On January 3, 2018 Cyprus and Saudi Arabia signed a new double taxation agreement (DTA), the first between the two countries. The new agreement was published in the Cyprus government gazette on March 5, 2018. Like all of Cyprus’s recent DTAs it closely follows the 2014 OECD Model Tax Convention. It also includes a protocol elaborating the provisions on offshore activities and information exchange. The key features of the DTA and the protocol are as follows.
Article 5 of the DTA, which defines a permanent establishment, is almost identical to the corresponding article of the OECD Model Convention, except that a building site or construction or installation project will constitute a permanent establishment if it lasts more than six months, rather than the 12 months required by the OECD model. In addition, provision of services, including consultancy services, gives rise to a permanent establishment if it amounts to more than 6 months within any 12- month period.
If an enterprise has a representative in the territory of a country who has, and habitually exercises, authority to conclude contracts in the name of the enterprise, or who maintains a stock of goods or merchandise from which he regularly delivers goods or merchandise on behalf of the enterprise, the enterprise concerned is deemed to have a permanent establishment in respect of any activities which the person undertakes for it. As in the OECD Model, the DTA provides that an independent broker or agent who represents the enterprise in the ordinary course of business will not fall within the scope of this provision. Care needs to be taken regarding the issuing of general powers of attorney so as not to risk inadvertently creating a permanent establishment, with potentially unfavourable consequences.
Income from immovable property
Article 6, which deals with income from immovable property, reproduces the corresponding article of the OECD Model verbatim, allowing for income received by a resident of one of the parties derived from immovable property situated in the territory of the other to be taxed in the state in which the property is located. It also makes clear that the scope of the article extends to income from immovable property used for the performance of independent personal services.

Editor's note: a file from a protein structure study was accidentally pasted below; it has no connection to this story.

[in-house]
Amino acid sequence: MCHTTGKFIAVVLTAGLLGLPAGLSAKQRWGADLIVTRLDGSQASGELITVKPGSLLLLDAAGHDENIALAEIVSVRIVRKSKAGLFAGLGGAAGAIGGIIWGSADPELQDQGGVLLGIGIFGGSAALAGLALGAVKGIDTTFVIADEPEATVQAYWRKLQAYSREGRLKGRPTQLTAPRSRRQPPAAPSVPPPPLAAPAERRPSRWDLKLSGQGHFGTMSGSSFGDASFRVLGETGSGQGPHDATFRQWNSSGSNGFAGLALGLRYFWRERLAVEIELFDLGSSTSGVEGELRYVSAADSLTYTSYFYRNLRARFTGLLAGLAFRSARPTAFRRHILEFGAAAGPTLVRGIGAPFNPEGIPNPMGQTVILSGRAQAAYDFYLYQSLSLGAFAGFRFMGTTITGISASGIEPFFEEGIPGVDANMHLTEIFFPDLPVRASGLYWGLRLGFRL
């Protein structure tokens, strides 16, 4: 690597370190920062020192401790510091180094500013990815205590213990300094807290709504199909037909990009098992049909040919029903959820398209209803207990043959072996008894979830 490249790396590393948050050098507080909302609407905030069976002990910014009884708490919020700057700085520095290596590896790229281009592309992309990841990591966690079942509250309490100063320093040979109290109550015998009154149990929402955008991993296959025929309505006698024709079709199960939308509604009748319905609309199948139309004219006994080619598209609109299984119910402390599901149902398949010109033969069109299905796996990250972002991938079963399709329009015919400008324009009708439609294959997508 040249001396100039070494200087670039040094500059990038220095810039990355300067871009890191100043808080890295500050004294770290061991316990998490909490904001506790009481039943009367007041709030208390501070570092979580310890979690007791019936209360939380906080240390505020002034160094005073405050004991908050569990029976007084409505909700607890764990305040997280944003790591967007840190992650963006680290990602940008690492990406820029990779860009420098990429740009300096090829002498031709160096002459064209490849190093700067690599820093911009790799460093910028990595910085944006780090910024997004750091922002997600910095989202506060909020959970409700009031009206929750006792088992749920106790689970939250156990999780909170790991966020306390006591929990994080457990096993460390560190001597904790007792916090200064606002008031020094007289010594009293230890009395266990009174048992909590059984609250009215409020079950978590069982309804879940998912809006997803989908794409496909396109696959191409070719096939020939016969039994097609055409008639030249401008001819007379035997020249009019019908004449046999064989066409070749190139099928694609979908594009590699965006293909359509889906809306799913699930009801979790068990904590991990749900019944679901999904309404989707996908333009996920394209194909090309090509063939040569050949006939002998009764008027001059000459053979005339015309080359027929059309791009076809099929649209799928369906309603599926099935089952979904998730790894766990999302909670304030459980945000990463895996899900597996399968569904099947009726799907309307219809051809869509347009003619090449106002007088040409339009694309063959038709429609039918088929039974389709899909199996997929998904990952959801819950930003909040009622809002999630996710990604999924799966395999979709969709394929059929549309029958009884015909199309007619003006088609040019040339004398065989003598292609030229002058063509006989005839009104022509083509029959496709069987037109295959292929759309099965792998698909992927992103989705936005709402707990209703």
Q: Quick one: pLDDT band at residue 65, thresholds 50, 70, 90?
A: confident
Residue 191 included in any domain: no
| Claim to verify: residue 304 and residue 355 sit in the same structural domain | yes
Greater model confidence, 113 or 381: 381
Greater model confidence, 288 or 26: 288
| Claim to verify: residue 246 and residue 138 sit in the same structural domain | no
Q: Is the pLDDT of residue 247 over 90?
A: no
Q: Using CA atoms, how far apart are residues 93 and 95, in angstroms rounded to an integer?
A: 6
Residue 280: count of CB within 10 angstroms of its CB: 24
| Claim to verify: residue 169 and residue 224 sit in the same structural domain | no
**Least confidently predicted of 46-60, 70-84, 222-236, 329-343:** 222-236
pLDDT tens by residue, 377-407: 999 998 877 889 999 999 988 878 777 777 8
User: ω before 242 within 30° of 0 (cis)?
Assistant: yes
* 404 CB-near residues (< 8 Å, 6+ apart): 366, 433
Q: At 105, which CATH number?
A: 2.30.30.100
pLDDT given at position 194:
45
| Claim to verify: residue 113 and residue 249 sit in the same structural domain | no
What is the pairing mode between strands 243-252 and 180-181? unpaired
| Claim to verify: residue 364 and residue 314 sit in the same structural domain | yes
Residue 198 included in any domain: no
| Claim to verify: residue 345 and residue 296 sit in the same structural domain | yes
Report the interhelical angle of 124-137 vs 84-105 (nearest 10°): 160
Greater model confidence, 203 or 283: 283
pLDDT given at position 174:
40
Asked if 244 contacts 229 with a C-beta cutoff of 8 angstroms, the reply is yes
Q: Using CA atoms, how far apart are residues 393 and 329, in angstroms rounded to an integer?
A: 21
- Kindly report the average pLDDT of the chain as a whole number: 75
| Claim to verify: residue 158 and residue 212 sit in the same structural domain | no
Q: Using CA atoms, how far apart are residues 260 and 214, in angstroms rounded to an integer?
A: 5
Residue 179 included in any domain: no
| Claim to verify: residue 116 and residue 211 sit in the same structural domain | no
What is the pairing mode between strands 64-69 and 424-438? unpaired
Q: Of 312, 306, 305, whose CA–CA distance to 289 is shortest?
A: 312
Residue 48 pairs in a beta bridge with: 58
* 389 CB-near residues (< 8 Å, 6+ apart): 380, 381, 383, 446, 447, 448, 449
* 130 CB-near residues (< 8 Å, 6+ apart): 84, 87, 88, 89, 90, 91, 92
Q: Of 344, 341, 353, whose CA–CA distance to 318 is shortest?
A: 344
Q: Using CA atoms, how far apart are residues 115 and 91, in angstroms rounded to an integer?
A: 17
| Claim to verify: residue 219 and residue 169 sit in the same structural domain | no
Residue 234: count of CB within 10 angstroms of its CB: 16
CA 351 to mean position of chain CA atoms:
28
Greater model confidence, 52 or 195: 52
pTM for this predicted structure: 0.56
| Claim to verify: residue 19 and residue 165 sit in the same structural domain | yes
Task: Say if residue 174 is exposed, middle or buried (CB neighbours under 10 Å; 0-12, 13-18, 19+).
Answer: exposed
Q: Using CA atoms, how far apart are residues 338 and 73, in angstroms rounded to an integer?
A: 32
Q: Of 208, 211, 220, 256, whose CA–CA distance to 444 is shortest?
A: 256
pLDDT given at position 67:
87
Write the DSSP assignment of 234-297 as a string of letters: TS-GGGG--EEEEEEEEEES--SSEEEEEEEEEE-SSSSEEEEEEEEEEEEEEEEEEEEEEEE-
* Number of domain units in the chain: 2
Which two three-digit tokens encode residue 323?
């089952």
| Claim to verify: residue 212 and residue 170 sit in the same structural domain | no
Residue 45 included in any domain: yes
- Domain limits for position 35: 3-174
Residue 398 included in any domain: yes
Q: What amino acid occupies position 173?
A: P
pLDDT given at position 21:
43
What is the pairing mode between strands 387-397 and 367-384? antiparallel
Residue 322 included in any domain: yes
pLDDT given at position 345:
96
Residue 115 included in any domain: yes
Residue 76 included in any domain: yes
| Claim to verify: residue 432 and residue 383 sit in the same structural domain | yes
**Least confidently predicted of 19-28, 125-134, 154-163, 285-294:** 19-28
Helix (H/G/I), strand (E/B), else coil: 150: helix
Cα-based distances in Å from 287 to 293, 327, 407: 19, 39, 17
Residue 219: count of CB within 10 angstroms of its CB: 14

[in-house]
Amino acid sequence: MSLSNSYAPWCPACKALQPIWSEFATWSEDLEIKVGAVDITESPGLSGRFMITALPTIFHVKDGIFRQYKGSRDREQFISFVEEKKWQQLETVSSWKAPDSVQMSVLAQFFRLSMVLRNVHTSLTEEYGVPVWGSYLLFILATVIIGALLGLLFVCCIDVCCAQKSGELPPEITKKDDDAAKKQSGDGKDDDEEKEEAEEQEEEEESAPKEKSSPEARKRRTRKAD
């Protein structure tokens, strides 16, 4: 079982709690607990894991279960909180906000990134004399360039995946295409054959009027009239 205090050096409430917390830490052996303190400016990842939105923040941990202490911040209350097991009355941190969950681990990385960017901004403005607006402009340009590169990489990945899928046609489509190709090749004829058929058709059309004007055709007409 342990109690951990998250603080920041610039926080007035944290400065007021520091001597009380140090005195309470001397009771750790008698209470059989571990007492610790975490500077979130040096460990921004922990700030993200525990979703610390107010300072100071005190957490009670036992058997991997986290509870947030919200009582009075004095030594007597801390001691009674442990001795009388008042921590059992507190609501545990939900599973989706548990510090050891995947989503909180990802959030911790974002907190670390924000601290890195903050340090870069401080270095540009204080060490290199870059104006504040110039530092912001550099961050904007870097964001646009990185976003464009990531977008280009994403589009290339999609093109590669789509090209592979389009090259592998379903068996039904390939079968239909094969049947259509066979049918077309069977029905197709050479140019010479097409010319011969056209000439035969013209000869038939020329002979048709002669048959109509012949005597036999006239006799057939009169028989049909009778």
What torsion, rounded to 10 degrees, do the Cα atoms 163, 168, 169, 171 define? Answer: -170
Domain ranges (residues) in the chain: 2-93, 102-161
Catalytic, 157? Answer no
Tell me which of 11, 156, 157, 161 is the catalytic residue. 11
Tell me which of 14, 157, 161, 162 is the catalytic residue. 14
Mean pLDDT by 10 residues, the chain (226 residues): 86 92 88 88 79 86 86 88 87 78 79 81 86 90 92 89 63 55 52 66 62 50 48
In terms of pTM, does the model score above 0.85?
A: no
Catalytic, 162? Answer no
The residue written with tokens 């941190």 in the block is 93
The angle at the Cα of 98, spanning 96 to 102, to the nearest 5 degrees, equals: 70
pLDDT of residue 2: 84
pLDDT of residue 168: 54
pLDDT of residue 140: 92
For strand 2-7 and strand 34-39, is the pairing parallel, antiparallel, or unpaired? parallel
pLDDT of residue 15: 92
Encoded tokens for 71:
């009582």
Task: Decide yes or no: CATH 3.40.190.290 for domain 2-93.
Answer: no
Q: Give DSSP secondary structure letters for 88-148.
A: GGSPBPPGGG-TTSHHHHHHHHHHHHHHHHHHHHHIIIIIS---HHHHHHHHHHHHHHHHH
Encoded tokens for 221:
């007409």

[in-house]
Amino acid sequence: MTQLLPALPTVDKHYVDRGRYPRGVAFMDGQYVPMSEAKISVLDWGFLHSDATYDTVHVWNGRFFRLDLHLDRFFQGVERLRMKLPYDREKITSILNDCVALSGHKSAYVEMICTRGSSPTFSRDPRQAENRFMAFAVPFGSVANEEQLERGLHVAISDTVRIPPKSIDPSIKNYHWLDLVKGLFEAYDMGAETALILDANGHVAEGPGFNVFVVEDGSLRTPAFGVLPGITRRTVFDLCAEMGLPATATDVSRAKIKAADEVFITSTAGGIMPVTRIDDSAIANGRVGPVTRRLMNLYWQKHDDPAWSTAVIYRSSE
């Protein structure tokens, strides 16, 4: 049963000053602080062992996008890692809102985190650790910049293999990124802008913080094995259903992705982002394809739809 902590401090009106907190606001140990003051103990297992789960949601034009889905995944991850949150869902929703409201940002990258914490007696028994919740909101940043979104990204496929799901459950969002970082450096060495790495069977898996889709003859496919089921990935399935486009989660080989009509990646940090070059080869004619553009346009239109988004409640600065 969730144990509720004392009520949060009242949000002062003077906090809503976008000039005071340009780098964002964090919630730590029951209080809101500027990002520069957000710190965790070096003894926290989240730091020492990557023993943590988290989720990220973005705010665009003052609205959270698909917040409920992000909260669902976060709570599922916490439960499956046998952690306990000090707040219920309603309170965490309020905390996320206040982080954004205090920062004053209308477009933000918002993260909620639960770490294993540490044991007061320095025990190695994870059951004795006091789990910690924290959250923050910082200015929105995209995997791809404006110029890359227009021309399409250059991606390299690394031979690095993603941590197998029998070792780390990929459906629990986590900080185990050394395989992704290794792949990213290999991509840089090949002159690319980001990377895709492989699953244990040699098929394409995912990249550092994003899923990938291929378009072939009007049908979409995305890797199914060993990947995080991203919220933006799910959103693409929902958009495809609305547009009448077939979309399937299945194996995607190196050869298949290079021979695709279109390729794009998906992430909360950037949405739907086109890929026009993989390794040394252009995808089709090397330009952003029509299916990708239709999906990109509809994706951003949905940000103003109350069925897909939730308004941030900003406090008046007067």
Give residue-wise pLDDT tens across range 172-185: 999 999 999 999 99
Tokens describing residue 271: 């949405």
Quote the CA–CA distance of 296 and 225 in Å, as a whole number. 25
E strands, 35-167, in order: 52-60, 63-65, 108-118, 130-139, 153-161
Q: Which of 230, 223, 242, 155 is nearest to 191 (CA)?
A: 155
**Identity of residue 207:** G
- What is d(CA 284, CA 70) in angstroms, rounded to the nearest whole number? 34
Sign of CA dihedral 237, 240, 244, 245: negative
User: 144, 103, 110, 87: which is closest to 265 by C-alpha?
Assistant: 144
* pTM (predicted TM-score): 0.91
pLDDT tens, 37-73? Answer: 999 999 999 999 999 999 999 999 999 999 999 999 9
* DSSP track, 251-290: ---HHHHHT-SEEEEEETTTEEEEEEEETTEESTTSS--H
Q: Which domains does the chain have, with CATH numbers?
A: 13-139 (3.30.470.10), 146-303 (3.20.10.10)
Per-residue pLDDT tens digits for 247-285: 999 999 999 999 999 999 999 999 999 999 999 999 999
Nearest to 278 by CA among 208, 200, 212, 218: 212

Article 7, which deals with business profits, reproduces the corresponding article of the OECD Model verbatim, with profits (apart from profits of a permanent establishment in the other contracting state) being taxable only in the contracting state in which the enterprise is resident.
An additional paragraph has been inserted to make clear that in determining the taxable profits of a permanent establishment, no deduction is allowed for royalties, commissions, management costs or (except in the case of banking enterprises) interest paid to the head office or other parts of the business, and disregarded in determining its taxable profits.
Shipping and aviation
Profits from the operation of ships or aircraft in international traffic are taxable only in the contracting state in which the enterprise concerned is resident. For this purpose profits include profits derived from the rental of ships or aircraft under a full or bareboat charter, and profits derived from the use or rental of containers and related equipment that is incidental to income from the international operation of ships or aircraft.
Dividends paid by a company resident in one contracting state to a company (but not a partnership) which is a resident of the other contracting state are exempt from withholding tax if the recipient directly or indirectly holds at least 25 percent of the capital of the company paying the dividends. Otherwise withholding tax is limited to 5 per cent if the beneficial owner of the dividends is a resident of the second contracting state. These provisions are relevant only to dividends paid from Saudi Arabia, since Cyprus does not impose withholding taxes on dividends.